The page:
Re: The evolution of "evolution"

From: Derek Gatherer (
Date: Wed 26 Oct 2005 - 08:18:47 GMT

  • Next message: John Wilkins: "Re: The evolution of "evolution""

    At 22:04 25/10/2005, Dace wrote:

    >If you insist on materially mediated transmission-- a metaphysical
    >proposition having no relationship to scientific investigation--

    No, this is wrong. Basic genetics demonstrates that inheritance is materially mediated. Genes are material. There's nothing
    "metaphysical" about it.

    >adaptations arising from the intelligent behavior of creatures cannot be
    >passed on, and the only source of adaptation becomes genetic mutation.

    Ah, the daily Hoyle's fallacy. I should have expected it. I'll say it again, just as I've said it in 2 or 3 previous messages. The source of adaptation is _not_ just mutation, it is mutation plus selection over a very, very long period of time.

    >evolution becomes a purely mechanical process involving mutation and natural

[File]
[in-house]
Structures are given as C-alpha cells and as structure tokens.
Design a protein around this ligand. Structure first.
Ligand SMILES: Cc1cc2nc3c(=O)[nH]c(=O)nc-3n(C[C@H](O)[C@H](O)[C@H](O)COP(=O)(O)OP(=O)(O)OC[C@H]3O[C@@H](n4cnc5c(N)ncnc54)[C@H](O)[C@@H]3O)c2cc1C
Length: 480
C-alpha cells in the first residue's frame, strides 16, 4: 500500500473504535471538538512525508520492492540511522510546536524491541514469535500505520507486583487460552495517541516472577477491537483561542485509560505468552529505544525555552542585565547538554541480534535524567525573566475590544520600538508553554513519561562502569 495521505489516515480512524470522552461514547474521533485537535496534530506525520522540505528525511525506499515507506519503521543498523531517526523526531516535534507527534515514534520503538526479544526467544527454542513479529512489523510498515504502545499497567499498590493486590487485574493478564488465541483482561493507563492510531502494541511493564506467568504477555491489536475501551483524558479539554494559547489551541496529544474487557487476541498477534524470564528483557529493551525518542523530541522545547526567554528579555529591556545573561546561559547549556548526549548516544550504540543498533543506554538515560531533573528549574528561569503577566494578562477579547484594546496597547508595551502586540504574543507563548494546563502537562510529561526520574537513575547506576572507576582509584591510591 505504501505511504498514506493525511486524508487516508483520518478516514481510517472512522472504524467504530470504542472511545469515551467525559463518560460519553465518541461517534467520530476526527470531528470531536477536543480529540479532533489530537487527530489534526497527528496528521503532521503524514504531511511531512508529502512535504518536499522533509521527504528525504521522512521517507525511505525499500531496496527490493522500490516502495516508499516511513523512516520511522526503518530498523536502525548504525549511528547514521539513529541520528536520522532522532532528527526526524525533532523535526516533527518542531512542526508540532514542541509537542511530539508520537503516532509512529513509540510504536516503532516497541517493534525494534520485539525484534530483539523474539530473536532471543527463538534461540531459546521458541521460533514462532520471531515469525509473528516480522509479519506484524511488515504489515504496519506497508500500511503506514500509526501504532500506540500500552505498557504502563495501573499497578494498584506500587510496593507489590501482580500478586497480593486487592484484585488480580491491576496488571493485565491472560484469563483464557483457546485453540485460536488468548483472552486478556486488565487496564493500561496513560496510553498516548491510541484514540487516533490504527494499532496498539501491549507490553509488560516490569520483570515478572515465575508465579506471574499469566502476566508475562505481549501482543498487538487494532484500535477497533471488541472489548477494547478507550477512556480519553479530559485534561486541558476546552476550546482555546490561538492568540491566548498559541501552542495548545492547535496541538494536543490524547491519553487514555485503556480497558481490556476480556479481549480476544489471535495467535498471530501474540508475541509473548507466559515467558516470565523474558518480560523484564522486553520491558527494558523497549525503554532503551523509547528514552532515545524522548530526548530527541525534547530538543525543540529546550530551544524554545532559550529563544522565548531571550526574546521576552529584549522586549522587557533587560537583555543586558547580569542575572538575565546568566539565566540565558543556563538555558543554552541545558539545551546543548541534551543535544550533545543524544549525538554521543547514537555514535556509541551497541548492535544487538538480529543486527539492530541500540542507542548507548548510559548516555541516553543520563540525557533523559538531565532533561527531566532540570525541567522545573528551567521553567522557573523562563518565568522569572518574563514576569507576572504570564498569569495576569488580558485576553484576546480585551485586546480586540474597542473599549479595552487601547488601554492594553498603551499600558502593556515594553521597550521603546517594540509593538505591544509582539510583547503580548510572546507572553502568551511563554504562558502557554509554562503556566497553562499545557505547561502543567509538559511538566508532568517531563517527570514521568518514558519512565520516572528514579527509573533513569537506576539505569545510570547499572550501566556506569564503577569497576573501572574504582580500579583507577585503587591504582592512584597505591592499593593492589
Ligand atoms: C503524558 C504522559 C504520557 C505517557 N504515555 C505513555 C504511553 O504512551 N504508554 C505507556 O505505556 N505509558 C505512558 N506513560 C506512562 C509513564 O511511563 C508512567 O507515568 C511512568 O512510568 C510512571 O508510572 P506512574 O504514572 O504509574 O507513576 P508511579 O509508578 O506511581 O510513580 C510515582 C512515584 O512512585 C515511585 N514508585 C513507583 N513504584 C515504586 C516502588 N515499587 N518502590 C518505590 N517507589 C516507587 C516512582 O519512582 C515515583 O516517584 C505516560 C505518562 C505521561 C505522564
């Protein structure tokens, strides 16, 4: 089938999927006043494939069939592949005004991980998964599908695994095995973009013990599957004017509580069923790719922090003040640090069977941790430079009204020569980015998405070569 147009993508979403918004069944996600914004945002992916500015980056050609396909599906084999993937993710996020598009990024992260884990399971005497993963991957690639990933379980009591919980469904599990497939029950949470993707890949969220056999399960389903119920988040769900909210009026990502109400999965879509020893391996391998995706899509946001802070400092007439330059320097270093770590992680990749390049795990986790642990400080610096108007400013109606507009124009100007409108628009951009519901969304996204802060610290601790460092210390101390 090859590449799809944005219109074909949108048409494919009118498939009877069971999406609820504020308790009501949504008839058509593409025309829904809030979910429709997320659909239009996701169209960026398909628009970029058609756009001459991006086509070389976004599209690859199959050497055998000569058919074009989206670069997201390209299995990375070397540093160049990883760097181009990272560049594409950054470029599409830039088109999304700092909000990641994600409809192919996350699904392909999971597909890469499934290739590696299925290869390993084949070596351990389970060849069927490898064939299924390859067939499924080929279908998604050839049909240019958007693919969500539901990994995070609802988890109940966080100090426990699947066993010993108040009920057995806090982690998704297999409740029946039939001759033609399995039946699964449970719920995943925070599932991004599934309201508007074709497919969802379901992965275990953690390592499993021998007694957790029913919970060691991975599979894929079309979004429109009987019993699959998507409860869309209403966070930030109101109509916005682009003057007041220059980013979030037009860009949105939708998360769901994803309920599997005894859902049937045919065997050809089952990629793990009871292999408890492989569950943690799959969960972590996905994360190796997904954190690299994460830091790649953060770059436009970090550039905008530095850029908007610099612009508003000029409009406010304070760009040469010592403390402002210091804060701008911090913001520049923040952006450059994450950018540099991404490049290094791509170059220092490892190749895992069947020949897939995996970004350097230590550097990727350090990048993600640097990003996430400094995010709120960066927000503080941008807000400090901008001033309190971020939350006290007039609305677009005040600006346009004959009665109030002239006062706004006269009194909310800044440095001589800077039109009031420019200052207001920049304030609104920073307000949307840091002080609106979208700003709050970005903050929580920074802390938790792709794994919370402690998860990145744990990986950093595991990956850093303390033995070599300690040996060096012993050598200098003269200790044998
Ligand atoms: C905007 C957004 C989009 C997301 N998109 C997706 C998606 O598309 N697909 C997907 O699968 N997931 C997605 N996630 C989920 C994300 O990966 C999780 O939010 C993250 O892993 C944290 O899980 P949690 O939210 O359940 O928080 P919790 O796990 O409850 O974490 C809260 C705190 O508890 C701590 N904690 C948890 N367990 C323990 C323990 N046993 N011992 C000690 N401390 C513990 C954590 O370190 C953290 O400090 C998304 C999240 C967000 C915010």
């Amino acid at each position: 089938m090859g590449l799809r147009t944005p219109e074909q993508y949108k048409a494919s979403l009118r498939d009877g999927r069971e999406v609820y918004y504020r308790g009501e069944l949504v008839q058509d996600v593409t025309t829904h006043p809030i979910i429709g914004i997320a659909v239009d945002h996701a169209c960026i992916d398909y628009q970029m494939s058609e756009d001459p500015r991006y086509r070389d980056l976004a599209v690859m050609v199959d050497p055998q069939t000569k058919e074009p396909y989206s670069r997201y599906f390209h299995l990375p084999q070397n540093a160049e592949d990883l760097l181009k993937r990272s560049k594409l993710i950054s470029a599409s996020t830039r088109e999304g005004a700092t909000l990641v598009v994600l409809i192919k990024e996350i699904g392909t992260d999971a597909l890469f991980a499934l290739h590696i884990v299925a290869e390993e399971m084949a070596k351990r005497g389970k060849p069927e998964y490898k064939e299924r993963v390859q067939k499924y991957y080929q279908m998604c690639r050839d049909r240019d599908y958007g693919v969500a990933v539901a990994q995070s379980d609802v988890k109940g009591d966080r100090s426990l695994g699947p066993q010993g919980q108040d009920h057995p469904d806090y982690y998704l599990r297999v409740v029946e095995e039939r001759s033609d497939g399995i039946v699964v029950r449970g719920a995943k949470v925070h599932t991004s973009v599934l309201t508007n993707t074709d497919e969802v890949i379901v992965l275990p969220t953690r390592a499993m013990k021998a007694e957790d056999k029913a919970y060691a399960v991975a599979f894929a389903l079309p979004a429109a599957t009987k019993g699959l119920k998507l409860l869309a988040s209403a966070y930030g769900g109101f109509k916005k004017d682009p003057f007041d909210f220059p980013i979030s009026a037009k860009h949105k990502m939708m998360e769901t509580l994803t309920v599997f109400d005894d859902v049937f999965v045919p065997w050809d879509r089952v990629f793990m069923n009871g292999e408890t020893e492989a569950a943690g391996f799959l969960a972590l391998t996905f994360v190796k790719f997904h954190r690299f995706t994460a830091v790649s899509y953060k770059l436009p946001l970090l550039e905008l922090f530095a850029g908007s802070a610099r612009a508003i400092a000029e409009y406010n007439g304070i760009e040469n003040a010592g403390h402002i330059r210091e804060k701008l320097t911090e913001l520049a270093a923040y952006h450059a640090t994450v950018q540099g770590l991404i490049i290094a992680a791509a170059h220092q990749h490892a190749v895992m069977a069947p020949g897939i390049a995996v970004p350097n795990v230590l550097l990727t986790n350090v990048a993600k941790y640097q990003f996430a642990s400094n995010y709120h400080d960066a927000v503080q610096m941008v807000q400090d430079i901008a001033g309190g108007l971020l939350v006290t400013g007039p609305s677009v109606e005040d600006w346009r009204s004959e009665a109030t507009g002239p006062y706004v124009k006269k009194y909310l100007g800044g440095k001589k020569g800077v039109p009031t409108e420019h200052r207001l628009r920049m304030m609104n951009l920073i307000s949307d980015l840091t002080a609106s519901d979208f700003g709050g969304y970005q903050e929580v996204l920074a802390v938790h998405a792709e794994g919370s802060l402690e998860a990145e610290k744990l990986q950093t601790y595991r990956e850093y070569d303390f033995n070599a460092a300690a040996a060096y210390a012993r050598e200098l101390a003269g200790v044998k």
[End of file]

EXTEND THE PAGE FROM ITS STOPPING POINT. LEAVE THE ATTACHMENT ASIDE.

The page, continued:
>selection, leaving no room for will and intelligence, the hallmarks of life.

    .... which oddly you seem to in any case acknowlege in the next sentence. Maybe, you're actually starting to understand evolution now, Ted.

    >Reductionism substitutes life with organic machinery and tries to explain
    >that instead. The result is an inherently unsatisfactory theory.

    The result is an explosion of wonderfully enlightening research, all the way from Pasteur to the present day.

    >Intelligence will find its way back in somehow, if not in the Darwinian way
    >then in the creationist way.

    Creationism only flourishes when people are poorly educated about biology.

    >How does the cell know which types of glycoproteins to produce? How does it
    >avoid making the wrong types? How much information would have to be encoded
    >in its genes in order to ensure that it makes the right decision? Given the
    >vast number of possible mistakes, wouldn't the cell's genome have to store
    >vast amounts of information?

    No, no more than a car engine stores information.

       Instead of God
    >creating species, a combination of mutation and selection determines it.

    Excellent. Hoyle's fallacy finally gone. Yes, that is how species originate, you might say it is a single sentence precis of the
    "Origin of Species" (perhaps a pedant might demand "variation" replaces "mutation" in order not to force a Fisherian anachronism on Darwin)

    >Part of the allure of genetic engineering is that it provides us with the
    >godlike power of making new species.

    and the other part is that it provides us with a fantastic new way to manufacture vaccines, drugs etc.

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